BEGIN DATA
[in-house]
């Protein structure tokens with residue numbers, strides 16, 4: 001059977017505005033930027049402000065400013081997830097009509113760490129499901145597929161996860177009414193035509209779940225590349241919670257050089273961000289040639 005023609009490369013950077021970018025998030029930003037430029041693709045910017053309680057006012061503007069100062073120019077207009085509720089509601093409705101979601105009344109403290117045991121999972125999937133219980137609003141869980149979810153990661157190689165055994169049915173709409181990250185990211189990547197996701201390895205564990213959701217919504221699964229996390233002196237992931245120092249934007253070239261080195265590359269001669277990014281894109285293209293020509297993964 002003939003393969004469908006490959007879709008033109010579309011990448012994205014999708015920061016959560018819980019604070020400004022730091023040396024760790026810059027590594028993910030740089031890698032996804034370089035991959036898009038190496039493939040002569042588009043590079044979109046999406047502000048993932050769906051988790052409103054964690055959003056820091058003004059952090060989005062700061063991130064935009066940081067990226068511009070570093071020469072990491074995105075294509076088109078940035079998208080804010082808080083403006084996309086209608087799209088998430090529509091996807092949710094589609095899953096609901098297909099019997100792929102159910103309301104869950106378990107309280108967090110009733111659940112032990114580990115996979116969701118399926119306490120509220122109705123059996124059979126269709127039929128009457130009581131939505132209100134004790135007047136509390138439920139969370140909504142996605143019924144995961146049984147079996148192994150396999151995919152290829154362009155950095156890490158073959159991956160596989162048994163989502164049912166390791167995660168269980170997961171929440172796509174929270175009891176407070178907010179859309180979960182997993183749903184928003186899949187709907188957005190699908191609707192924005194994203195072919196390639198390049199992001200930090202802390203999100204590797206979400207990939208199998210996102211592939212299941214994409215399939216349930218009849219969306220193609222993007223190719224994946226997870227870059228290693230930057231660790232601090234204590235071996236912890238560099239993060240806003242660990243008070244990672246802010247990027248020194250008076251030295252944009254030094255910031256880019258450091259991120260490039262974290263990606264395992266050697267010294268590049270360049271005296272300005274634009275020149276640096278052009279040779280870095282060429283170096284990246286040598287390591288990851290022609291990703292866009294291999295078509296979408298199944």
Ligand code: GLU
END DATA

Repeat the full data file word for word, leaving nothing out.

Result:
[in-house]
């Protein structure tokens with residue numbers, strides 16, 4: 001059977017505005033930027049402000065400013081997830097009509113760490129499901145597929161996860177009414193035509209779940225590349241919670257050089273961000289040639 005023609009490369013950077021970018025998030029930003037430029041693709045910017053309680057006012061503007069100062073120019077207009085509720089509601093409705101979601105009344109403290117045991121999972125999937133219980137609003141869980149979810153990661157190689165055994169049915173709409181990250185990211189990547197996701201390895205564990213959701217919504221699964229996390233002196237992931245120092249934007253070239261080195265590359269001669277990014281894109285293209293020509297993964 002003939003393969004469908006490959007879709008033109010579309011990448012994205014999708015920061016959560018819980019604070020400004022730091023040396024760790026810059027590594028993910030740089031890698032996804034370089035991959036898009038190496039493939040002569042588009043590079044979109046999406047502000048993932050769906051988790052409103054964690055959003056820091058003004059952090060989005062700061063991130064935009066940081067990226068511009070570093071020469072990491074995105075294509076088109078940035079998208080804010082808080083403006084996309086209608087799209088998430090529509091996807092949710094589609095899953096609901098297909099019997100792929102159910103309301104869950106378990107309280108967090110009733111659940112032990114580990115996979116969701118399926119306490120509220122109705123059996124059979126269709127039929128009457130009581131939505132209100134004790135007047136509390138439920139969370140909504142996605143019924144995961146049984147079996148192994150396999151995919152290829154362009155950095156890490158073959159991956160596989162048994163989502164049912166390791167995660168269980170997961171929440172796509174929270175009891176407070178907010179859309180979960182997993183749903184928003186899949187709907188957005190699908191609707192924005194994203195072919196390639198390049199992001200930090202802390203999100204590797206979400207990939208199998210996102211592939212299941214994409215399939216349930218009849219969306220193609222993007223190719224994946226997870227870059228290693230930057231660790232601090234204590235071996236912890238560099239993060240806003242660990243008070244990672246802010247990027248020194250008076251030295252944009254030094255910031256880019258450091259991120260490039262974290263990606264395992266050697267010294268590049270360049271005296272300005274634009275020149276640096278052009279040779280870095282060429283170096284990246286040598287390591288990851290022609291990703292866009294291999295078509296979408298199944």
Ligand code: GLU